They agreed that while every business needs an overarching global strategy and philosophy that dovetails with corporate objectives, the strategy needs to be flexible and adapted so it can be locally executed and tailored to the needs of employees in different countries.
Since the pandemic, some of our multinational clients have also shared the challenges which they have faced in terms of delivering an international employee benefits strategy.
We learned that the experiences of employees during the pandemic have varied enormously, depending on the country, the nature of their role and the support offered by different governments and healthcare systems.
Many employees have been furloughed (if schemes exist in different countries) or are working from home which has raised issues around social isolation, wellbeing, and mental health. As a result, the type of support and benefits that employees have needed have varied globally.
One common theme has been that the pandemic has been a catalyst for more companies recognising that a global benefits strategy must be flexible enough to account for differences in culture, attitudes, and healthcare systems. I wrote an article on this last year which looked at different attitudes to health and wellbeing in countries such as Australia, UAE and Russia; whilst the approaches remain the same, every country has been impacted by Covid-19 resulting in a much needed micro review of the sustainability of existing HR & Benefits strategies and the wider Employee Value Proposition (EVP).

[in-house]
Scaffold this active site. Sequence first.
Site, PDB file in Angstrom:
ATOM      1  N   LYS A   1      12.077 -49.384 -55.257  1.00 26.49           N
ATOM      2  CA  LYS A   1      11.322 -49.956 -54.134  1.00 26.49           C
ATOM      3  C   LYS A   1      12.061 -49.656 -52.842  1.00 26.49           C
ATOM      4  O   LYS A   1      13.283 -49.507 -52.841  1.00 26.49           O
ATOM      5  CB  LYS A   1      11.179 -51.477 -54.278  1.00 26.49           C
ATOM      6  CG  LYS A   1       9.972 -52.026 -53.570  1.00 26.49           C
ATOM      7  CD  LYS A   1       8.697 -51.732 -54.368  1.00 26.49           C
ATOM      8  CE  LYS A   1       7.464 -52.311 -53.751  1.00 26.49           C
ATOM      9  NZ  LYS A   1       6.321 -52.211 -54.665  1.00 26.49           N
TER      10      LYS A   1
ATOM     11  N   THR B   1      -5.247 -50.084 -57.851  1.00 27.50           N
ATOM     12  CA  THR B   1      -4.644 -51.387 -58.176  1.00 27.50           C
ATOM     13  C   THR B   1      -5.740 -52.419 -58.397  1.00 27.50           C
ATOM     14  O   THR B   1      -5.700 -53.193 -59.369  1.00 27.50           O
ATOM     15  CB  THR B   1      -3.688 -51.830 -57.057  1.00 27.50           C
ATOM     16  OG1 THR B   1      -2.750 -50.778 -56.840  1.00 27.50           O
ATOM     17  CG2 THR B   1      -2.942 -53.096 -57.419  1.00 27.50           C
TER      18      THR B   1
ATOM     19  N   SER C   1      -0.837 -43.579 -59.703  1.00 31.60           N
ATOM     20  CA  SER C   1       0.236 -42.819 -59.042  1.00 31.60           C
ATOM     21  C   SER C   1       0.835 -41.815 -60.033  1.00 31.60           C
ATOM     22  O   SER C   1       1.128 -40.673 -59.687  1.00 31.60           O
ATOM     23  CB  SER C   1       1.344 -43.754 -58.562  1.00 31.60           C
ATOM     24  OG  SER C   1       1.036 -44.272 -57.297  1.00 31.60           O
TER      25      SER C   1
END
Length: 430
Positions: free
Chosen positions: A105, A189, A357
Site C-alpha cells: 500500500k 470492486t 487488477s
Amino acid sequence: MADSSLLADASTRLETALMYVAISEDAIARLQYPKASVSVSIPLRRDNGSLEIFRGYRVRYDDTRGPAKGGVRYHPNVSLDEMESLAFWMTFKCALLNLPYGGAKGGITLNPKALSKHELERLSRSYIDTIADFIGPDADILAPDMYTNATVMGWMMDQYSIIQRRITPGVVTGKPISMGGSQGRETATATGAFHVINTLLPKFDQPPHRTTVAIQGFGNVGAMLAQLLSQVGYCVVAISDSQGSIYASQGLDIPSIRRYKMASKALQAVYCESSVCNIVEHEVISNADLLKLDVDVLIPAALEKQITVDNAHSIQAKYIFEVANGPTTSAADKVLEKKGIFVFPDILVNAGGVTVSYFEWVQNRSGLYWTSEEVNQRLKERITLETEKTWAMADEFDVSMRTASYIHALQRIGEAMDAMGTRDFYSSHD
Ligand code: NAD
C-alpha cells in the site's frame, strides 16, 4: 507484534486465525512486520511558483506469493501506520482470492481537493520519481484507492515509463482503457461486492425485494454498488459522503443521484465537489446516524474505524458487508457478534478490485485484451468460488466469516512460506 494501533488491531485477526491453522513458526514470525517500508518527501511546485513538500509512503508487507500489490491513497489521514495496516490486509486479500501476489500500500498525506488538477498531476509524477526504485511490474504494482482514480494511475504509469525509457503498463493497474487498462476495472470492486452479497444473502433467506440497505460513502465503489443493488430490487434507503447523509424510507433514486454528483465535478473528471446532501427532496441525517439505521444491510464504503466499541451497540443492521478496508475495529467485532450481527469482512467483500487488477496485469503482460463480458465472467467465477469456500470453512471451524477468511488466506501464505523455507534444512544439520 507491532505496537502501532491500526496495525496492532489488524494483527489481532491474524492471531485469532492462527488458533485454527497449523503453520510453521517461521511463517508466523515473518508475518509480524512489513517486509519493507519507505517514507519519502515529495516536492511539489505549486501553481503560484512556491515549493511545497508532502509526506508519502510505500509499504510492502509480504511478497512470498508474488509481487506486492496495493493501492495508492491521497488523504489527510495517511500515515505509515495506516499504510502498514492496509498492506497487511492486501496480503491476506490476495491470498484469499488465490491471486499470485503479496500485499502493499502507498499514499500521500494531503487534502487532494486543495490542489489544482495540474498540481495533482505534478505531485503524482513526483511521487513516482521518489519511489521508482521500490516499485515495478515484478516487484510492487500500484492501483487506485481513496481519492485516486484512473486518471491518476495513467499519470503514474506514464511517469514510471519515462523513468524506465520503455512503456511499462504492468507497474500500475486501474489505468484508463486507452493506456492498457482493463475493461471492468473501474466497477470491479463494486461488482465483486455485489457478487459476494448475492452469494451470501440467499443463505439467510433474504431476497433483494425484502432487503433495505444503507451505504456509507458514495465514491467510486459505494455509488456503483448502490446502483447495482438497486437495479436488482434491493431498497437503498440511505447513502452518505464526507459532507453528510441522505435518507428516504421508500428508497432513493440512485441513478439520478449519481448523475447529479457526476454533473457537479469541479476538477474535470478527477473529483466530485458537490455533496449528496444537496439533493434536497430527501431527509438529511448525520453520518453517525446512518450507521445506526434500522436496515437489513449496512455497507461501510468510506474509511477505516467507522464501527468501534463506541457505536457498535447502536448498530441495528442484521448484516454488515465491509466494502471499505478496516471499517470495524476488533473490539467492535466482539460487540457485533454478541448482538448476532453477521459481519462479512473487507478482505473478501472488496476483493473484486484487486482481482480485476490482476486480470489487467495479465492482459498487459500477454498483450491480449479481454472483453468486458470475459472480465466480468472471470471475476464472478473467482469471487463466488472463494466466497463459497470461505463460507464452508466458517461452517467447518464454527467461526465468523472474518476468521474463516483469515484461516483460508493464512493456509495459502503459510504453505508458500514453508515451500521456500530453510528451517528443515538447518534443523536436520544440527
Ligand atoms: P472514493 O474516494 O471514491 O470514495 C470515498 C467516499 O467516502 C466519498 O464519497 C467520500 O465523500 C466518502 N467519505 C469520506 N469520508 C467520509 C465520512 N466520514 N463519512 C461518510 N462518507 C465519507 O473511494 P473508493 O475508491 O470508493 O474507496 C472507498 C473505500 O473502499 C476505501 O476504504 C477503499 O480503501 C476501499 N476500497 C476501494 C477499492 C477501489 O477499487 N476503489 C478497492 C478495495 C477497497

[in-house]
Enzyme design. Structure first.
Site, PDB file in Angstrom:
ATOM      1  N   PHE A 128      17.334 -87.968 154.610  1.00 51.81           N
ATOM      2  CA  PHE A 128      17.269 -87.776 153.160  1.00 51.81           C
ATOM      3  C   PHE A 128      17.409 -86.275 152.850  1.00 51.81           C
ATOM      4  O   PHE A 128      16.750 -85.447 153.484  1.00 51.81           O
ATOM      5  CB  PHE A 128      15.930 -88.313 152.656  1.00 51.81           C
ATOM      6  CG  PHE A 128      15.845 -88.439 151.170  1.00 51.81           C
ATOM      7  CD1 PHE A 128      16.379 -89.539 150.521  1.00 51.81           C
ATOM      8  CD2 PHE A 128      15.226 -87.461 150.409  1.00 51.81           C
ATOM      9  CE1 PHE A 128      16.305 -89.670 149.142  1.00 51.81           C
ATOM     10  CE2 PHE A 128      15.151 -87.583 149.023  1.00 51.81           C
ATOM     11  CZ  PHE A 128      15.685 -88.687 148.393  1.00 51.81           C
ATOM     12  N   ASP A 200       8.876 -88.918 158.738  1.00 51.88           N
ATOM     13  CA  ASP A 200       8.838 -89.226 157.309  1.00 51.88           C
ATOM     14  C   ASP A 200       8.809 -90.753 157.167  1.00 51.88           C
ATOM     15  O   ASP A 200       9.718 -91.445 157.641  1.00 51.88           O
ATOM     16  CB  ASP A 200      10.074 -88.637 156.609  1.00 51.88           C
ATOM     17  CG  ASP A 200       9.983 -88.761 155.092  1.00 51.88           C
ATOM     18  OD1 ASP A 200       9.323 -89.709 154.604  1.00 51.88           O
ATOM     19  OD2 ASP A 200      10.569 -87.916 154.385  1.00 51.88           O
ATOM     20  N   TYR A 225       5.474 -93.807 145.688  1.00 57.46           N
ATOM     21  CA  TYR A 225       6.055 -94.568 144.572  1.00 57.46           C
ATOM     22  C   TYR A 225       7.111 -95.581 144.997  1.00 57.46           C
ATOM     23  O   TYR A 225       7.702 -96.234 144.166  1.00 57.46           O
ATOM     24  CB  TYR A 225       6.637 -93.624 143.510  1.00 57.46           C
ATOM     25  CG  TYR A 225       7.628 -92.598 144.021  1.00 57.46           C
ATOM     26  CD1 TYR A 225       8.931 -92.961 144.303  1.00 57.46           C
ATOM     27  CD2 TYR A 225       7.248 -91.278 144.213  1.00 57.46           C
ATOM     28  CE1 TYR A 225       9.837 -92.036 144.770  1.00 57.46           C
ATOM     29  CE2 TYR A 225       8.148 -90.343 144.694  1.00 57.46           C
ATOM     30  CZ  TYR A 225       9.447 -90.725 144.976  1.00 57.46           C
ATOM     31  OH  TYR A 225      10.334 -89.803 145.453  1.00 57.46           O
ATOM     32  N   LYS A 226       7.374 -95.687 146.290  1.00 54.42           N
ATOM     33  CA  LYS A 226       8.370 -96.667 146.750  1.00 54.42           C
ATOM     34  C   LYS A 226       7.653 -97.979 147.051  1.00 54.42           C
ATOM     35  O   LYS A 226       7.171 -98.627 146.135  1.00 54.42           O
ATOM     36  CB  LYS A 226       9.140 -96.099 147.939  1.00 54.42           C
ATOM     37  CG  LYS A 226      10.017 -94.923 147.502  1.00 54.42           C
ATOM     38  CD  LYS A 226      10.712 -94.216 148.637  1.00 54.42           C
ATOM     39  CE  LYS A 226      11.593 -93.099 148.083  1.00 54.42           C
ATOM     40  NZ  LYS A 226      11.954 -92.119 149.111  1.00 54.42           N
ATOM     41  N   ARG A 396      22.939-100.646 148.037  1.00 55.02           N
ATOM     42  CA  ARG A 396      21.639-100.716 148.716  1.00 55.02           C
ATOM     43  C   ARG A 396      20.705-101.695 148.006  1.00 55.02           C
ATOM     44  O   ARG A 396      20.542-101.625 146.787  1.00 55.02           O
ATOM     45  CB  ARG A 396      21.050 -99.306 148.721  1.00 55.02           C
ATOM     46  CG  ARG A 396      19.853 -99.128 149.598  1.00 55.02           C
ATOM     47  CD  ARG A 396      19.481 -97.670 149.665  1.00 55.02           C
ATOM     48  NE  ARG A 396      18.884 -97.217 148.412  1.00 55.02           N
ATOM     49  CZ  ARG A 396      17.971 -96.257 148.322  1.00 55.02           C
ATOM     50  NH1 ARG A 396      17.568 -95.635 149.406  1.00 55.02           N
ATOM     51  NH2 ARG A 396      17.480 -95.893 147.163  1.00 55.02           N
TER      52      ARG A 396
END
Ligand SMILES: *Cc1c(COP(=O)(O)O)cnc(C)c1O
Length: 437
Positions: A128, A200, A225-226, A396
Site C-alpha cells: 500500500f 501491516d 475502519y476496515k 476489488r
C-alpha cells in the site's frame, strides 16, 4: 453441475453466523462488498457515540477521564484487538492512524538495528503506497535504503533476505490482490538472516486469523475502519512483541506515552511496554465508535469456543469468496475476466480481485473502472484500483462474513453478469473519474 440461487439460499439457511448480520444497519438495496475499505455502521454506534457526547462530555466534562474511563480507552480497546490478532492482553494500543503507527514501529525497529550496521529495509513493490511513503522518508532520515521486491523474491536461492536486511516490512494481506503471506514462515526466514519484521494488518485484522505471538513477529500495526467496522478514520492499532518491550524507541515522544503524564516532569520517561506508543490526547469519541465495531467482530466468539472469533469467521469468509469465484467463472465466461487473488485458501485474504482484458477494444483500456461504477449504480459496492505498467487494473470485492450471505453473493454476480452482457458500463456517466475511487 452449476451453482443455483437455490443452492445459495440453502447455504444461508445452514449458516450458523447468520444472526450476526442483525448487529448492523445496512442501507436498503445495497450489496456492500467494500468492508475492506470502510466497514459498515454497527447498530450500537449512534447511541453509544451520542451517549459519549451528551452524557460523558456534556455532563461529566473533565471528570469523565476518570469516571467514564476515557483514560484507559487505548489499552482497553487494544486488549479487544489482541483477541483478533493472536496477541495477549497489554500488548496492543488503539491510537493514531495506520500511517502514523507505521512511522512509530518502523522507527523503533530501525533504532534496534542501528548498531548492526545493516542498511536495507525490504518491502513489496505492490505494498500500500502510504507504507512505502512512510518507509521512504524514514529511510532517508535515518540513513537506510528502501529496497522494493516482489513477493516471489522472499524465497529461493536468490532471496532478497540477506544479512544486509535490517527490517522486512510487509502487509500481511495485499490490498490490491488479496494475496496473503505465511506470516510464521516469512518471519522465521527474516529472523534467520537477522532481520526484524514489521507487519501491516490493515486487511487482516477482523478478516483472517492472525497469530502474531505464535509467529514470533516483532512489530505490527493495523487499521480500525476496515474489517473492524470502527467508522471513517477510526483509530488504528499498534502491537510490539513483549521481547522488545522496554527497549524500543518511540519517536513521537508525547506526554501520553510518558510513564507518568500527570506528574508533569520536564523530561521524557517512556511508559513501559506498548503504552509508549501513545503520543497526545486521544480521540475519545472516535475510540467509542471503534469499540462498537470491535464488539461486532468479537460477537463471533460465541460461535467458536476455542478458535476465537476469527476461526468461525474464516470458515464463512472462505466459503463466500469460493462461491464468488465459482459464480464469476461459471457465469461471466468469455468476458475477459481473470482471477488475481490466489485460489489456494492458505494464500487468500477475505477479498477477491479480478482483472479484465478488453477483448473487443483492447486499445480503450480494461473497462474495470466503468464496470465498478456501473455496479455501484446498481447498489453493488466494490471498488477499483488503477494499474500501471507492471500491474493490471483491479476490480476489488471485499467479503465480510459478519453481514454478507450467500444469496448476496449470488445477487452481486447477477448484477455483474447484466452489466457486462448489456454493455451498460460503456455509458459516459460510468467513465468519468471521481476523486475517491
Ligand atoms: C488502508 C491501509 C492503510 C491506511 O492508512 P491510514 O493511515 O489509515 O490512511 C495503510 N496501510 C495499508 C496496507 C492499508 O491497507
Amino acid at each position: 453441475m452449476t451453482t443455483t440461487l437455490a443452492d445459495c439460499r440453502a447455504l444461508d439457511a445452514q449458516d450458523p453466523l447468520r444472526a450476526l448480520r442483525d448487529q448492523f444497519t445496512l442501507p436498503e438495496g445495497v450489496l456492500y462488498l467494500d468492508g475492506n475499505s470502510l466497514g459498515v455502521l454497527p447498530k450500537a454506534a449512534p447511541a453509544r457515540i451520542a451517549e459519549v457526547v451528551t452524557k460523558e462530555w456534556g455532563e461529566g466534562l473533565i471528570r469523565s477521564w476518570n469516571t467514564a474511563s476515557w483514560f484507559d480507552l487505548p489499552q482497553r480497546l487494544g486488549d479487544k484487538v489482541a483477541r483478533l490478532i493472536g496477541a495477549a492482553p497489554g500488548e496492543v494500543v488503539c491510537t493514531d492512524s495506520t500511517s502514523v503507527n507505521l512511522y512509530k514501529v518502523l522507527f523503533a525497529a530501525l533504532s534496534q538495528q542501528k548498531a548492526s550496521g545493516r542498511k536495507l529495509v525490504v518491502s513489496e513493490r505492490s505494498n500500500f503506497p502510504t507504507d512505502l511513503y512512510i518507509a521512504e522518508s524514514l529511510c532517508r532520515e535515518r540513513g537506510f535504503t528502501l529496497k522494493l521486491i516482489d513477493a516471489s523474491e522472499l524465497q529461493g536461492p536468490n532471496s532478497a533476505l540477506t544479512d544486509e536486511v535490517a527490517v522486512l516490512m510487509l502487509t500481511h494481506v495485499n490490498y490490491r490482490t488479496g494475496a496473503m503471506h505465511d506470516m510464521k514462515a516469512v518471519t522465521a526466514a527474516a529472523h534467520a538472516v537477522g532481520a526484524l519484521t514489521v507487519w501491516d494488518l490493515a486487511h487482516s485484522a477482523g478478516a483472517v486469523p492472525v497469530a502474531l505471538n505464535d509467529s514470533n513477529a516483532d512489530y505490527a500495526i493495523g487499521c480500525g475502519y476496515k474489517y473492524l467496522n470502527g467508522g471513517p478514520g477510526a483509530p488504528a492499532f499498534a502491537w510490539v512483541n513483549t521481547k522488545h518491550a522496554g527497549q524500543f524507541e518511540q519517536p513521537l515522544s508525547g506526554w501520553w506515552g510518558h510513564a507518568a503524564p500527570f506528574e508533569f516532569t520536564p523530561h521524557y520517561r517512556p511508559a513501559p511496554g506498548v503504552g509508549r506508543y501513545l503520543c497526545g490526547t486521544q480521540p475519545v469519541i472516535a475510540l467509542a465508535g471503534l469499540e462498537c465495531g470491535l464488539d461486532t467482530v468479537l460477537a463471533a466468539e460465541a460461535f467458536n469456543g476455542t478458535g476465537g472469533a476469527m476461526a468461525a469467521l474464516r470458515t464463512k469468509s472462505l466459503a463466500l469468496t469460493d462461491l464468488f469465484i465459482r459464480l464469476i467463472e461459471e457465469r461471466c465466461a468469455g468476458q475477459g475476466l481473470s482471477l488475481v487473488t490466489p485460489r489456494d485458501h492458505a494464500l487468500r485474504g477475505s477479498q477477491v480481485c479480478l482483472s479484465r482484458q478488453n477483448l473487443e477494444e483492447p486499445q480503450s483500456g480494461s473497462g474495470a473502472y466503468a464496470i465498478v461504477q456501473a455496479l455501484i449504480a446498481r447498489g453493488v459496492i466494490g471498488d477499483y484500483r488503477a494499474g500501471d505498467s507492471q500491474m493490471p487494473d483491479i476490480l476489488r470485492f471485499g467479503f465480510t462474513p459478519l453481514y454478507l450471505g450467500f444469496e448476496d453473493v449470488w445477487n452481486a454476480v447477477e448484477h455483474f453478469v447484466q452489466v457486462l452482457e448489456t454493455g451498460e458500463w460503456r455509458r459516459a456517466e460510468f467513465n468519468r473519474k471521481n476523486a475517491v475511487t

The Importance of Data
The important role data plays in creating a global benefits strategy has also been widely recognised. Having accurate employee data can help companies gain better insight into their policies, claims and spending. It can help businesses design and implement an effective benefits strategy specifically tailored to their unique situation, employee needs and budget.